Audio Oscillators

Here is a phase-shift audio oscillator with excellent distortion characteristics thanks to "softened" diode limiting provided by the 1N914 and resistor divider and degenerated gain provided by the 68 ohm emitter resistor. For minimum distortion, increase the 68 ohm resistor to a point just below where oscillation stops. A simple buffer may be added for driving lower impedance loads. The output amplitude will be about 5 volts p-p but one of the 1N914's 10k divider resistors may be changed for a different output amplitude. The circuit will work well with a power supply voltage other than 9 volts but the 68 ohm resistor may need adjustment.

 

schematic

I just finished watching "Track Down," a movie about the hacker, Kevin Mitnick. In the movie, Mitnick steals a bunch of files from a phone company named Nokitel and is looking down the list when one catches his eye. He goes back and opens it. The schematic below is what he sees! I practically fell off the couch. Wow, those are some valuable files he has there. I've been hacked by a movie about a hacker! I'm not sure how to feel about that (actually, I'm delighted). I've added a bypass cap and used a different diode symbol since the movie, but it's mine. In the movie that schematic enabled him to convert his phone into a local scanner. I can't say I've tried it. : ) Too bad it took me 12 years to see this; my 1.5 seconds of fame is long gone.

Images from the movie. Sorry about the pause  bar. I wonder how Nokitel uses a phase-shift oscillator in a cell phone.

A digital guy trying to figure out an analog circuit.
or
"How do I hack a cell phone with this?"

The circuit can be built in the "blobular cluster" style (to coin a phrase) and potted with epoxy mixed with a little model airplane paint. Use quick-setting epoxy and, holding the circuit by the legs, keep rotating the blob near the end of the cure cycle to get an even coat - quite an art form! The finished module looks quite professional, not unlike many dipped caps.

 schematic

Here is a two-transistor Wien bridge oscillator using an ordinary night-light bulb for stabilization. The output is about 6 volts p-p and can drive fixed loads as low as 2 or 3 thousand ohms without additional buffering. A 10 k amplitude potentiometer with the wiper going to a high input impedance output amplifier would make an excellent load.

Excellent distortion is achieved by adjusting the 1 k feedback potentiometer until the output amplitude is about a volt less than the maximum level (with the pot set to the highest resistance). Wait a few seconds between adjustments to give the bulb time to stabilize; the audio signal actually heats the bulb's filament causing the resistance to go up which controls the loop gain. You will see the signal bounce a little as the bulb gains control. This simple version of the popular Wien bridge oscillator uses feedback to hold the junction of the two RC networks (base of first transistor) near zero volts (100 mV p-p) and the ends of the RC networks move in opposite directions like a see-saw.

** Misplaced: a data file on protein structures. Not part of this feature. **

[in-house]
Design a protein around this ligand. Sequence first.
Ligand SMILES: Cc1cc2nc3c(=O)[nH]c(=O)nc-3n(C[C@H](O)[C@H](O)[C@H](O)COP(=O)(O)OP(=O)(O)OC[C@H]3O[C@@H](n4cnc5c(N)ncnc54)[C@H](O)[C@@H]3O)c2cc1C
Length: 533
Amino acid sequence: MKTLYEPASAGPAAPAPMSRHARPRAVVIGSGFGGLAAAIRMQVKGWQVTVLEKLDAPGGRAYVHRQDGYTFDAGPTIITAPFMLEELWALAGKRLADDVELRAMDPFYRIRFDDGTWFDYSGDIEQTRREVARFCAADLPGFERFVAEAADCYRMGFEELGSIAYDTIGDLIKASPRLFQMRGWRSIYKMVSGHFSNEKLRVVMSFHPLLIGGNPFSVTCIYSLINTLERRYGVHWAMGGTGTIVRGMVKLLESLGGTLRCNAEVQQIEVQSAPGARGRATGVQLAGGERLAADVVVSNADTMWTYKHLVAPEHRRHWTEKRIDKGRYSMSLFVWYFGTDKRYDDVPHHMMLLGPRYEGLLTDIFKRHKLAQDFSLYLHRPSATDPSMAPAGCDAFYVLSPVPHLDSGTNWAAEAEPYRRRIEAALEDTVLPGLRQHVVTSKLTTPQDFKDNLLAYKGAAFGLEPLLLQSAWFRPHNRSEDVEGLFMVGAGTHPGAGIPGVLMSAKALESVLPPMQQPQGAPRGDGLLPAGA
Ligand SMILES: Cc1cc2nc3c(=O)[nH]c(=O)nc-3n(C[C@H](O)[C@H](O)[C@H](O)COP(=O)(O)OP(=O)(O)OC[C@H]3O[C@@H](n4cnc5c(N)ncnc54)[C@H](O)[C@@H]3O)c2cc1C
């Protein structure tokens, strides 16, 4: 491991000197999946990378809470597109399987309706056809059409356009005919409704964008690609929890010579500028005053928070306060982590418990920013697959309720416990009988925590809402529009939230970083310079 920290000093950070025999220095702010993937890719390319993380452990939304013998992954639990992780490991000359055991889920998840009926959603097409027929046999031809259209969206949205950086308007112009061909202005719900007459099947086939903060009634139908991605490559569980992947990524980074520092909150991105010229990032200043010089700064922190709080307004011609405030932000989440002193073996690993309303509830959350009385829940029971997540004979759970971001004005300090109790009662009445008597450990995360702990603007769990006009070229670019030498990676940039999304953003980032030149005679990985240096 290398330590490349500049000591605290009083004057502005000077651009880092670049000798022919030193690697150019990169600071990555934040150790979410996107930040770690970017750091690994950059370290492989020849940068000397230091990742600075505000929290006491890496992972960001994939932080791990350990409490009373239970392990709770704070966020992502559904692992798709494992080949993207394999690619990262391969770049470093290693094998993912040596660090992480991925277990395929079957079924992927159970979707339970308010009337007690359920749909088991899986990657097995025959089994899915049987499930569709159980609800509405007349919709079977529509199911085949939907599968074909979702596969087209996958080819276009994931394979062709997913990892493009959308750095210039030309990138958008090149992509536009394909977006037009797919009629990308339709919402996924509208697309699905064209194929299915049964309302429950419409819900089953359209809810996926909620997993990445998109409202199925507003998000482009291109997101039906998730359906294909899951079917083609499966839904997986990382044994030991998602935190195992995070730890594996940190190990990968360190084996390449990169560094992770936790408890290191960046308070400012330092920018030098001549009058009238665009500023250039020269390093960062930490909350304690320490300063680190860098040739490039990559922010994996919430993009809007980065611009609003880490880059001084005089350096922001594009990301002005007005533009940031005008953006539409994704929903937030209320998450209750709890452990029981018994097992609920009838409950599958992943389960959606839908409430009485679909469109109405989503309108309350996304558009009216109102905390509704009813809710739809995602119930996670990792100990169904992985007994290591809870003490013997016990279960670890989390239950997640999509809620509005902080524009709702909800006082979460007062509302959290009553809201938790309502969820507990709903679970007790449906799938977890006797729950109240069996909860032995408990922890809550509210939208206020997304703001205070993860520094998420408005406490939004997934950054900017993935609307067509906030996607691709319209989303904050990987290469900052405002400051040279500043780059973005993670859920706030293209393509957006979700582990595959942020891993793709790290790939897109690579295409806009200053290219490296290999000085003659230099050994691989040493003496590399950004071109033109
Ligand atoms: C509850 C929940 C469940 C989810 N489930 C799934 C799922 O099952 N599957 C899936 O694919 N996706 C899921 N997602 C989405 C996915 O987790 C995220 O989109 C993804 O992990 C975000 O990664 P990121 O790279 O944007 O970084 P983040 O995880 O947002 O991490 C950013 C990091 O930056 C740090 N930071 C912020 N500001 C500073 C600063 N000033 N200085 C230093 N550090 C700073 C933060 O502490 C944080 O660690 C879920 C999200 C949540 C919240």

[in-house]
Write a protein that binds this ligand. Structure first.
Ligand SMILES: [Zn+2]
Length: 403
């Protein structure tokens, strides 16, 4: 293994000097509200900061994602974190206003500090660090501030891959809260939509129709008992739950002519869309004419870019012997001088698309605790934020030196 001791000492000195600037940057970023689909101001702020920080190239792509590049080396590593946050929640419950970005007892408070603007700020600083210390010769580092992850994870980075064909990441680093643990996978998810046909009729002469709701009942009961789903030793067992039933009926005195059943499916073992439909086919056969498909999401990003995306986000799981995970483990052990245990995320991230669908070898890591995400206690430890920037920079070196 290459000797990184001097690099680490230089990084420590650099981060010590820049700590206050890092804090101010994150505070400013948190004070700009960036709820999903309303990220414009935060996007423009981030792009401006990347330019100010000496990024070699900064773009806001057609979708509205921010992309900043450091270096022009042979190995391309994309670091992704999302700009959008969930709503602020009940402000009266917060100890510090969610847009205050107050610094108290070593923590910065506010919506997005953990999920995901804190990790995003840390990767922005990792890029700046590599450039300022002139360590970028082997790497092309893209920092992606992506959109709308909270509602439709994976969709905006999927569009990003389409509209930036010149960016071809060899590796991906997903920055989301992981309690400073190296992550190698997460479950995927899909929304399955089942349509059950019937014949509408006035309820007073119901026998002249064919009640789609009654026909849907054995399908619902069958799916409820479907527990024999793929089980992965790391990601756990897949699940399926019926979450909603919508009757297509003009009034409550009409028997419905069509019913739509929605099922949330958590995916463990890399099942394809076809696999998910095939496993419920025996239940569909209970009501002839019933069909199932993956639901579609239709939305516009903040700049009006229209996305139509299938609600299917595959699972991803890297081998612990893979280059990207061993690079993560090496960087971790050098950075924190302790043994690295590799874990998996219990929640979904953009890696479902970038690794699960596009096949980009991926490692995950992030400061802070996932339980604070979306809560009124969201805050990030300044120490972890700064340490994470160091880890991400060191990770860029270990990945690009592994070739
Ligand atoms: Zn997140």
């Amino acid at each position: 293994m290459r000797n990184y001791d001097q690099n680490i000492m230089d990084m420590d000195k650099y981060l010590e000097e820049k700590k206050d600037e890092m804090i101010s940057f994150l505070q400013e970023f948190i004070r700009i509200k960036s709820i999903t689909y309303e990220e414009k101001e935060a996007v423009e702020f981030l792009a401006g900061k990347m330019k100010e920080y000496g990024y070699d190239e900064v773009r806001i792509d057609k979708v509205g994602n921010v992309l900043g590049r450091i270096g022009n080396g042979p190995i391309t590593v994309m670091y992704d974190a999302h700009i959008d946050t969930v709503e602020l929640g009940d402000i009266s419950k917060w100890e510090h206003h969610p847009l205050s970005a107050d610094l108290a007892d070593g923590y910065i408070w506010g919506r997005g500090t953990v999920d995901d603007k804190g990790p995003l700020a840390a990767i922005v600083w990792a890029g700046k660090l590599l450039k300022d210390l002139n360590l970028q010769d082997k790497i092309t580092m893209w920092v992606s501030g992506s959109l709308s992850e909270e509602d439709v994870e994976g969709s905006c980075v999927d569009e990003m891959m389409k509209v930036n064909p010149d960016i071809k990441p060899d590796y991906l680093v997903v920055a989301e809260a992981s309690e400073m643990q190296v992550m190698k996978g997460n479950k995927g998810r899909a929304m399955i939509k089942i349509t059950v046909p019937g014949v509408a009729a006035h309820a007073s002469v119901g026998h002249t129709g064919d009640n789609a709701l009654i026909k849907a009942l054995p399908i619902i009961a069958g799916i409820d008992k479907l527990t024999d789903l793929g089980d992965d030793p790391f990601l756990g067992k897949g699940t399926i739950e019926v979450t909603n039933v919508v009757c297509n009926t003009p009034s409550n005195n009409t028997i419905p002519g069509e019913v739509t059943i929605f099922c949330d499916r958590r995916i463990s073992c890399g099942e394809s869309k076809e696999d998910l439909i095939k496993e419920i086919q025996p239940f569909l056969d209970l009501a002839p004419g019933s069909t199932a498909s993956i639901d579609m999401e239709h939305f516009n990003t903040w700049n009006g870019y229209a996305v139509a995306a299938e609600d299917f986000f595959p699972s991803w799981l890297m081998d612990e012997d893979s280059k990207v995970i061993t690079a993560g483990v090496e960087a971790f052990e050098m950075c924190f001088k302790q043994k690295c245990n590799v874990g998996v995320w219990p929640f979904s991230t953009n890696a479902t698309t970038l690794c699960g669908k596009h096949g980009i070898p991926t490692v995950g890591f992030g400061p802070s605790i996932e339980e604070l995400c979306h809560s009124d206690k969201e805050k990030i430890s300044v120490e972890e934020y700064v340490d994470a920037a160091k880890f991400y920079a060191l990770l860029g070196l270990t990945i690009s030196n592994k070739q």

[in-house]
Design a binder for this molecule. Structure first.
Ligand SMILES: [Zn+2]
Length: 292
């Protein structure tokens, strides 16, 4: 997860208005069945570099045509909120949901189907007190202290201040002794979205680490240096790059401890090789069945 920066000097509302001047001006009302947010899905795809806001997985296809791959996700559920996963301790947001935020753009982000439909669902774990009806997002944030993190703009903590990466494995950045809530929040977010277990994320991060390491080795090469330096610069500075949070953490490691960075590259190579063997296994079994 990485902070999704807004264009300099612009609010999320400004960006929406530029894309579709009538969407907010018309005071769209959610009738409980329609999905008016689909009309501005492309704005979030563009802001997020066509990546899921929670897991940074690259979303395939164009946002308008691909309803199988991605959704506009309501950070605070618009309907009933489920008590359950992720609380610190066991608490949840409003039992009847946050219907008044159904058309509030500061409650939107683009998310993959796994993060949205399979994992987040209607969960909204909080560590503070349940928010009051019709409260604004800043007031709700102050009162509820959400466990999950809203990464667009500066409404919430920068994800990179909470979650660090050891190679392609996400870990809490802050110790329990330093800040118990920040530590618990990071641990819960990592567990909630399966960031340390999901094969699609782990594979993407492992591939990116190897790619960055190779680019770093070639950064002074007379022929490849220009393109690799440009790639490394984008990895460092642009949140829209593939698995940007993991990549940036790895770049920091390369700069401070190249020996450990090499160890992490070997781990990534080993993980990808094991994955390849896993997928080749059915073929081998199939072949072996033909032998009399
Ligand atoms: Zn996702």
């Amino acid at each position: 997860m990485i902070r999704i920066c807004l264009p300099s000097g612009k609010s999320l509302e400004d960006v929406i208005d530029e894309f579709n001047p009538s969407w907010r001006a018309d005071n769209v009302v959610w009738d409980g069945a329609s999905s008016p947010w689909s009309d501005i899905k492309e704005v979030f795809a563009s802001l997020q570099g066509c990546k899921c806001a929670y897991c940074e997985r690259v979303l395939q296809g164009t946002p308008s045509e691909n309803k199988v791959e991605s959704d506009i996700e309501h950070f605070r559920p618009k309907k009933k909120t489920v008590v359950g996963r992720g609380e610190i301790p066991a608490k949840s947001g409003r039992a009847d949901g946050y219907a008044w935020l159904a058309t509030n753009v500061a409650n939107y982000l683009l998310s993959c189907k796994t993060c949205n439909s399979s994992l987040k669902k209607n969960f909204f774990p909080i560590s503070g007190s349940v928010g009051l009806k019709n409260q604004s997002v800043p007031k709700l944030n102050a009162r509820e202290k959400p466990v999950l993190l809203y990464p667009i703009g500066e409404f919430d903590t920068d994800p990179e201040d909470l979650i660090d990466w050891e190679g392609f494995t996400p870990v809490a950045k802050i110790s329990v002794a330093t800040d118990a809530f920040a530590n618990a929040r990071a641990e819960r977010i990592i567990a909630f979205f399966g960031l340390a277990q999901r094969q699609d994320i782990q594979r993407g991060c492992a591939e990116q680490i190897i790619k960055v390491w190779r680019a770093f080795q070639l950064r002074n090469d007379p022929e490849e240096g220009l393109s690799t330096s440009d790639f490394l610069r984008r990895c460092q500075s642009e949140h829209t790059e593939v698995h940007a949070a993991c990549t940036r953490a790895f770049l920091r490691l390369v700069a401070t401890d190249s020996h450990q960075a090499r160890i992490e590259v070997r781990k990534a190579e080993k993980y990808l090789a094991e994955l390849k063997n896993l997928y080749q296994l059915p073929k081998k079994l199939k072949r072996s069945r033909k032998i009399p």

With the resistor values shown, the frequency may be varied from a few Hz to over 60 kHz by selecting a value for C between 1 uF and 47 pF. The frequency will be reasonably close to 1/ (6.28 x RC). R may be varied also for additional range but values too low or high may cause problems. The 7-watt bulb may be replaced by a smaller type with similar resistance (more than 50 ohms) but the long time constant of the larger filament is helpful when generating very low frequencies.

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The 100 uF output capacitor may be smaller if very low frequencies are not generated.

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The 22 pF is added for stability and may be eliminated depending on the transistor types and circuit layout. A larger value may be needed in some cases.

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The output is ground referenced with no DC offset.

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A load change may require readjustment of the feedback potentiometer.

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The series RC may be switched if it is desired to have the resistors connected together.

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A high gain transistor like the MPSA-18 for the first transistor will allow a much larger value for R, up to 1 Megohm.

The circuit should draw between 18 and 45 mA, a value determined by the transistor gain and the value of R. Current outside of this range may cause distortion. The 1.2 k emitter resistor may be varied slightly to adjust the current consumption; shoot for 25 to 30 mA.

It should be noted that op-amps make great Wien bridge oscillators without significant impedance and bias concerns! There are dozens on the web and in manufacturers' application notes. But sometimes a couple of friendly transistors fit the bill perfectly.